“We are really enjoying it and are both quite relaxed. She’s a very chilled-out baby and only cries if something is wrong.
“And, maybe the fact that we are a little bit older, and that I have experience of looking after my nieces, those things have helped,” June says.
The positive transformative effect of Clodagh has not dulled memories of the effort it took to get her. If anything, it’s made June even more sensitive to those who have been through similar heartache with no baby to cradle at the end.
“It took a long time to get to this point, and I know people who, like us, have been through the mill and they will never get there.”
It’s a “lifelong grief”, June says, because, unlike the pain of bereavement, which can dim with time, there are constant reminders of loss for those who are unhappily childless.
June plans to tell Clodagh the story of her unconventional creation.
“I’m going to be open from day one, talk to her in an age-appropriate way, tell her she is extra-special, that she is the result of a gift from a very special woman,” June says.
“It’s an amazing gift. I’ll always be very grateful to the donor, it’s the gift of life, it has given us the chance to be parents.”
New cardigan, old mummy pic.twitter.com/GMcxIRJPlP— June Shannon (@juneshannon) November 28, 2015
She needn’t have worried about bonding with a baby not biologically her own.
“It was needless. The bonding was immediate. I think it’s good for people going the same route as we did to know that. She’s Tony’s biological child anyway. She’s the image of him.”
When I spoke to June for our previous interview, she recalled how she wept the day she signed the consent form for the egg-donation programme, because she was drawing the line under the possibility of ever having a biological child.
When I remind her of that, she replies: “I’ve gotten over that completely. Once she arrived, there was no problem. We were both absolutely smitten”.
So will June go again? Too soon to say, she says. They do have one embryo on ice. They won’t wait long before deciding.
Right now, they’re pretty content.
“Motherhood came naturally, in the end. I never felt so content. At night, she makes little noises and it gives me a jolt. I have to remind myself that we have a baby,” June says.
She hasn’t allowed herself to be overtaken by her new life. Always an avid user of Twitter, she continues that trend.
Besides, many are by now familiar with her story and she has no problem offering others struggling with infertility any advice that she can.
And she looks forward to a return to work as a journalist.
Financially, she needs to work, she says, and the bonus is that she likes her job.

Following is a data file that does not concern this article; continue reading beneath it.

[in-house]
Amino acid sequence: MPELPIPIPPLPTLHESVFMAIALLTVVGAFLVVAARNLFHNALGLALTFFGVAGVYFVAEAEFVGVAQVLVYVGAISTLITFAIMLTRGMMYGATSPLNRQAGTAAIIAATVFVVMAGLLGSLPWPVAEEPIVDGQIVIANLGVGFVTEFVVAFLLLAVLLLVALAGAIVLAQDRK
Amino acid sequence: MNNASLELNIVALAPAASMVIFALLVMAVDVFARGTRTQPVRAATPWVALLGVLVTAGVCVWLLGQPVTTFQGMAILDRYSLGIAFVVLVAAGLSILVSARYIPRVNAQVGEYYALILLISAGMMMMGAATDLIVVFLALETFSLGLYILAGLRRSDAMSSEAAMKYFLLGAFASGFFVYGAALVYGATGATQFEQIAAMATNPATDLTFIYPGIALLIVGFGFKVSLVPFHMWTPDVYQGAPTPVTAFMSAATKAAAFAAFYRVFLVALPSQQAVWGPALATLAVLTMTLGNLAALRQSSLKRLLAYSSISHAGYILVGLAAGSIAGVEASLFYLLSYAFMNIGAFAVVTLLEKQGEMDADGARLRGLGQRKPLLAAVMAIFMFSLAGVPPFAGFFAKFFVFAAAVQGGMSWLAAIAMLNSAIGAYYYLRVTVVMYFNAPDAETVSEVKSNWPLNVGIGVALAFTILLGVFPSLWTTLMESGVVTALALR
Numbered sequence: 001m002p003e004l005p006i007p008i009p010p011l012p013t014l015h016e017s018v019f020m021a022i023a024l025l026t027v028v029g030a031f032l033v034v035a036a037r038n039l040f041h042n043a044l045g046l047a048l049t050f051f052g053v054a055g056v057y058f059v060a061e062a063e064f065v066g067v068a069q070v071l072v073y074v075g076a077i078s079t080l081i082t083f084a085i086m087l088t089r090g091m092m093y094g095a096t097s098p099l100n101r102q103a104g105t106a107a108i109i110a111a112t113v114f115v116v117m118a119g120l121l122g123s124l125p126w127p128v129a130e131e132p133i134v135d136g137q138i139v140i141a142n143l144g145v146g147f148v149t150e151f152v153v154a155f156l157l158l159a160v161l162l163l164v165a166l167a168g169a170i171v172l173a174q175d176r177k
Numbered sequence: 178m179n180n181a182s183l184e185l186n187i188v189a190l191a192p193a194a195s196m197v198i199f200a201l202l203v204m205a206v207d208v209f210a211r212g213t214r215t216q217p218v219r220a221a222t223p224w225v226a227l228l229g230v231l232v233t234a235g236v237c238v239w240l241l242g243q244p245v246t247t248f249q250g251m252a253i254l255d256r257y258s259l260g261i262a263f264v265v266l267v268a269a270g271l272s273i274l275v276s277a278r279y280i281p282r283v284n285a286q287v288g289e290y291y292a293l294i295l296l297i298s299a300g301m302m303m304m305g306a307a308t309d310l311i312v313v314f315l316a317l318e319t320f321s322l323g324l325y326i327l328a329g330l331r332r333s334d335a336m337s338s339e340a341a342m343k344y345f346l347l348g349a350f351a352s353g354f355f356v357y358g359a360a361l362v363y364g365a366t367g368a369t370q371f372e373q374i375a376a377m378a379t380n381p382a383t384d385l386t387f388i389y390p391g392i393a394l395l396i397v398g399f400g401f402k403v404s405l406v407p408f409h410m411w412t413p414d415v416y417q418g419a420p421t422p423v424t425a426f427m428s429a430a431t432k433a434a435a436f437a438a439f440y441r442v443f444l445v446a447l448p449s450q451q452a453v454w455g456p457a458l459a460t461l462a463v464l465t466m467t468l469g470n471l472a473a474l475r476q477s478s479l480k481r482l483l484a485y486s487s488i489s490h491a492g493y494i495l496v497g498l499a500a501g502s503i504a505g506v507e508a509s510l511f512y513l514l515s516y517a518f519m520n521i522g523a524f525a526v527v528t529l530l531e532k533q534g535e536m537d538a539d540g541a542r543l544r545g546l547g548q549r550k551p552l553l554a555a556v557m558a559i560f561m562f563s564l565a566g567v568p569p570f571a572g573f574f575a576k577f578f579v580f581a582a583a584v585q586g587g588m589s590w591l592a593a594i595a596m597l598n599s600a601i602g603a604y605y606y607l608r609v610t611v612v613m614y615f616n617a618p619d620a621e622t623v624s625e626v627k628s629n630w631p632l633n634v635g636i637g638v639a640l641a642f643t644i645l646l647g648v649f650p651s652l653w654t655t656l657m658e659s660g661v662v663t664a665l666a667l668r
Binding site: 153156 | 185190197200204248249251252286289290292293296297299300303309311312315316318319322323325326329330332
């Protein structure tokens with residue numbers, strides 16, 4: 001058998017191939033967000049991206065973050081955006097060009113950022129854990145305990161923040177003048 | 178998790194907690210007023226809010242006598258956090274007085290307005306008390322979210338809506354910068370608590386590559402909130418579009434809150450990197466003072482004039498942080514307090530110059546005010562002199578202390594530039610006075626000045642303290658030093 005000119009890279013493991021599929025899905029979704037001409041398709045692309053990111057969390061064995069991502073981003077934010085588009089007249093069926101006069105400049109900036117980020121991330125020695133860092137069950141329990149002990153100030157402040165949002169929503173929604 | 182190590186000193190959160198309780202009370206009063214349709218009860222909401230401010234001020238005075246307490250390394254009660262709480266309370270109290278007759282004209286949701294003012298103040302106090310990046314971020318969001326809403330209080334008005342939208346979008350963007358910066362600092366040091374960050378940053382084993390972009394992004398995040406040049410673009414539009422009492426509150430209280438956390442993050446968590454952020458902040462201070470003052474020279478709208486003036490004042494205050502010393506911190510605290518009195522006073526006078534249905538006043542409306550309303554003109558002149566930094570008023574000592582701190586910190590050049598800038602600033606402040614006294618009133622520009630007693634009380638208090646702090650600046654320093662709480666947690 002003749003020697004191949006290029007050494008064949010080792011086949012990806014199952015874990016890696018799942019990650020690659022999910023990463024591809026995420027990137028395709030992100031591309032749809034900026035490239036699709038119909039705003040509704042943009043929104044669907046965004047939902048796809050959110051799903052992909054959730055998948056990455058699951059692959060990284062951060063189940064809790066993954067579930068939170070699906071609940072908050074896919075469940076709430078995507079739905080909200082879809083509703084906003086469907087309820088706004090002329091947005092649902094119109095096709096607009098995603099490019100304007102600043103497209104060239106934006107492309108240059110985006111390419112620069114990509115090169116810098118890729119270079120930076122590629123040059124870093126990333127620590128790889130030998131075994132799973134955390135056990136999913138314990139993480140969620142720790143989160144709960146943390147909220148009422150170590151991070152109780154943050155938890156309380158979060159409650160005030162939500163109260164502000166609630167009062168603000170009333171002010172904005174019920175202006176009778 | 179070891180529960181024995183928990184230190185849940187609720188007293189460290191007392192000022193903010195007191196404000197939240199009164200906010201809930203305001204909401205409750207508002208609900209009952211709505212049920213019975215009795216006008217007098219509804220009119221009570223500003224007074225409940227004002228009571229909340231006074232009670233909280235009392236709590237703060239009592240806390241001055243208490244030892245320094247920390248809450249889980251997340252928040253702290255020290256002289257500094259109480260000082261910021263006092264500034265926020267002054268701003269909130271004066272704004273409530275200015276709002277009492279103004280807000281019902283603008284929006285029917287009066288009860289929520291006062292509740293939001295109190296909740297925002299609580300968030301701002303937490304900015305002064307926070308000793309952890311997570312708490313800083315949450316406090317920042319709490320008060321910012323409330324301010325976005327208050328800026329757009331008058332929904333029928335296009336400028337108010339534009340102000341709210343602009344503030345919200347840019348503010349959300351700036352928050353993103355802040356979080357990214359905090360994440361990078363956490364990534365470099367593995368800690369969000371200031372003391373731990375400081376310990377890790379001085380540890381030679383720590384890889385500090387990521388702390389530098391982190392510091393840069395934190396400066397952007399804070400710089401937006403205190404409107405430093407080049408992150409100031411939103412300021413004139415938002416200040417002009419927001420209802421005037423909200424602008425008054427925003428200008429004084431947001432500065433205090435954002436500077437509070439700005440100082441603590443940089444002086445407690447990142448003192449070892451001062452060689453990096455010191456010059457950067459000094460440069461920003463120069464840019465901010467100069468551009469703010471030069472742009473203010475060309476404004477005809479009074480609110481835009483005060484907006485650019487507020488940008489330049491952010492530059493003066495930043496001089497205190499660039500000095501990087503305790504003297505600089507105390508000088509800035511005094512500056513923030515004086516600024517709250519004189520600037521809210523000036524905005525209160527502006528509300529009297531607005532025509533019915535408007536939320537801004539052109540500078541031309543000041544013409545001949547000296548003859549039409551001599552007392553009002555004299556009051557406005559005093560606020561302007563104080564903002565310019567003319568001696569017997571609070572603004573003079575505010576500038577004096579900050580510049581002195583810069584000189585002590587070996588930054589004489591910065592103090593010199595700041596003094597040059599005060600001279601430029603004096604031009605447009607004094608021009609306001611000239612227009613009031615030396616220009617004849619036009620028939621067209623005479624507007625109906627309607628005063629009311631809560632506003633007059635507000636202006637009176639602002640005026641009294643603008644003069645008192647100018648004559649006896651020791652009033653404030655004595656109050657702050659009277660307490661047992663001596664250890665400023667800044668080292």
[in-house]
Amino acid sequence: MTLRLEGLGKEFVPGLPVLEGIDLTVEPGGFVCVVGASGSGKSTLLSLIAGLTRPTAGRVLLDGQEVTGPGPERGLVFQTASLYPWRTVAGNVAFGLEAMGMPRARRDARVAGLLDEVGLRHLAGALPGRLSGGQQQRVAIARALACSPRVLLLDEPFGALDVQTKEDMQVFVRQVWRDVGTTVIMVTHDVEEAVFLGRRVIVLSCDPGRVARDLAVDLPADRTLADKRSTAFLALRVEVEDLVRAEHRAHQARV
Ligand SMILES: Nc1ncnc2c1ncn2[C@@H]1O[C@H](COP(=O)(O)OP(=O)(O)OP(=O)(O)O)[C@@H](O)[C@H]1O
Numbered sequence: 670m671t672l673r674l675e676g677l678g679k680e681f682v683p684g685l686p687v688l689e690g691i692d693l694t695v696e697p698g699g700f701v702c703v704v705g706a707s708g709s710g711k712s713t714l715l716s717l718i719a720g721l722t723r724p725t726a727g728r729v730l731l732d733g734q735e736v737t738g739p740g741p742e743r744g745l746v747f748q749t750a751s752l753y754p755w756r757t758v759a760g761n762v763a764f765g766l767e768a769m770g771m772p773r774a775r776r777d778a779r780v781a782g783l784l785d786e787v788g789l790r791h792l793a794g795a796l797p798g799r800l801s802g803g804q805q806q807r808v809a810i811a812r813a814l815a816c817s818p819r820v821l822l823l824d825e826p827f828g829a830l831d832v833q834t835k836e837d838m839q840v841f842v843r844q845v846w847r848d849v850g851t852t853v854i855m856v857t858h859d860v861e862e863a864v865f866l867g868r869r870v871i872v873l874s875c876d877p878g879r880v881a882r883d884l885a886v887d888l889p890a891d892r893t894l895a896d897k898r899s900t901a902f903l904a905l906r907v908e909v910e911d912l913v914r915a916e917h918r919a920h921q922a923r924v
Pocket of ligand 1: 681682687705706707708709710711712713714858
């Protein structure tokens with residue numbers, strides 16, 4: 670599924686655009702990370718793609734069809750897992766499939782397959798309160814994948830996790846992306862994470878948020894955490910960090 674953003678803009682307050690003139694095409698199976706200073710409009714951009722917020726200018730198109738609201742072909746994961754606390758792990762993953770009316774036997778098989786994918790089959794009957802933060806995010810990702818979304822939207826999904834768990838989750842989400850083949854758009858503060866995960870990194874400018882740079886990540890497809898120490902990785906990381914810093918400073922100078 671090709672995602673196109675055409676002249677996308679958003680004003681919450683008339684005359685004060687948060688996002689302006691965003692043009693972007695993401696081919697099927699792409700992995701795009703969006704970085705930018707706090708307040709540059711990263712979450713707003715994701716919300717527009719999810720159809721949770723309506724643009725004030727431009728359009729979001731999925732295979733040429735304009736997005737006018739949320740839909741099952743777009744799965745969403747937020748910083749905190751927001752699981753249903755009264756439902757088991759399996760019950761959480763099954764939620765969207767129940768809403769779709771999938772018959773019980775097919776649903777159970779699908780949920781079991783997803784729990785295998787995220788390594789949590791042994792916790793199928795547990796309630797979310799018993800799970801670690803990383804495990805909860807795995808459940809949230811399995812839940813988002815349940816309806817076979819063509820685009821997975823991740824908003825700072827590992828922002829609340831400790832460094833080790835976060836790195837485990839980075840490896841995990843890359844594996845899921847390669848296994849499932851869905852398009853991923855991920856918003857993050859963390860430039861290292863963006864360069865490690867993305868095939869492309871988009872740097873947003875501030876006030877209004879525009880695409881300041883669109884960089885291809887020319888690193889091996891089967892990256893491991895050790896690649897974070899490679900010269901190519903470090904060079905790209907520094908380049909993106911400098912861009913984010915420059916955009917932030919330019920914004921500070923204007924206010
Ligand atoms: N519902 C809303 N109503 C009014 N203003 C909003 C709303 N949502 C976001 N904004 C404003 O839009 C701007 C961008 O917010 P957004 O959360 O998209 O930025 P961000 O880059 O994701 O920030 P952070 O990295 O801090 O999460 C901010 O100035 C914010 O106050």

As new parents, they are on a “massive learning curve” and their lives will “never be the same again”.
“But that’s brilliant. Our lives were the same for 10 years. So it was a case of bring it on,” June says.
Is she exhausted by this massive upheaval?
“No’” she says. “There’s no exhaustion. It took so long to get here that everything else just pales by comparison. It’s what you do. We feed her everythree hours. We’re up for it!”
So will this Christmas, with baby Clodagh Alice Curtis (Alice after Tony’s grandmother), be the Christmas to beat them all?
The answer is a definite yes.
“Every Christmas, for almost a decade, a baby was my greatest wish. It sounds very Laura Ingalls, but I’ve always loved Christmas. It’s my favourite time of the year, and the thought of sharing it with Clodagh is so magical and special. We can’t wait.
“It’s shaping up to be the most wonderful Christmas ever. She is, without doubt, the icing on the cake. I still can’t believe it.”
Fertility treatment in your 40s
The number of Hollywood stars who give birth to healthy babies well into their 40s is on the up. Most aren’t open about whether they managed to do so without any help, and that’s their prerogative.
But Dr David Walsh, medical director at Sims fertility clinic says the rule of thumb is that any woman over the age of 43 who gives birth to twins has more than likely used a donor egg.
“In 99 out of 100 cases, a donor egg is involved, although there are of course some exceptions,” he says.
“In terms of divulging that information, I don’t think anyone should be outed if they want to keep it private. But I think women should know that in a lot of these cases, older women are carrying younger women’s eggs. People shouldn’t be led down the garden path”.
Dr Walsh says about a third of their work at the Sims now involves use of either donor sperm or donor eggs, and that these methods continued to grow in popularity.
Use of donor sperm is growing as more single women and lesbians seek treatment.
Once surrogacy is permitted, says Dr Walsh, the use of donor eggs will increase as male gay couples seek to have children.
“I estimate that in the next 10 years or so, traditional IVF will start becoming a minority treatment. I
think third party parenting will become the new norm, but it will be restricted to wealthy countries where people can afford the option.”
Stars who have been open about their pregnancies include actress Nicole Kidman, who was 43 when her second daughter was born via a surrogate mother.
The model Caprice also used a surrogate in her early 40s. Sarah Jessica Parker used a surrogate to conceive her twins at 44 and Annie Leibowitz had twins via surrogate at 56.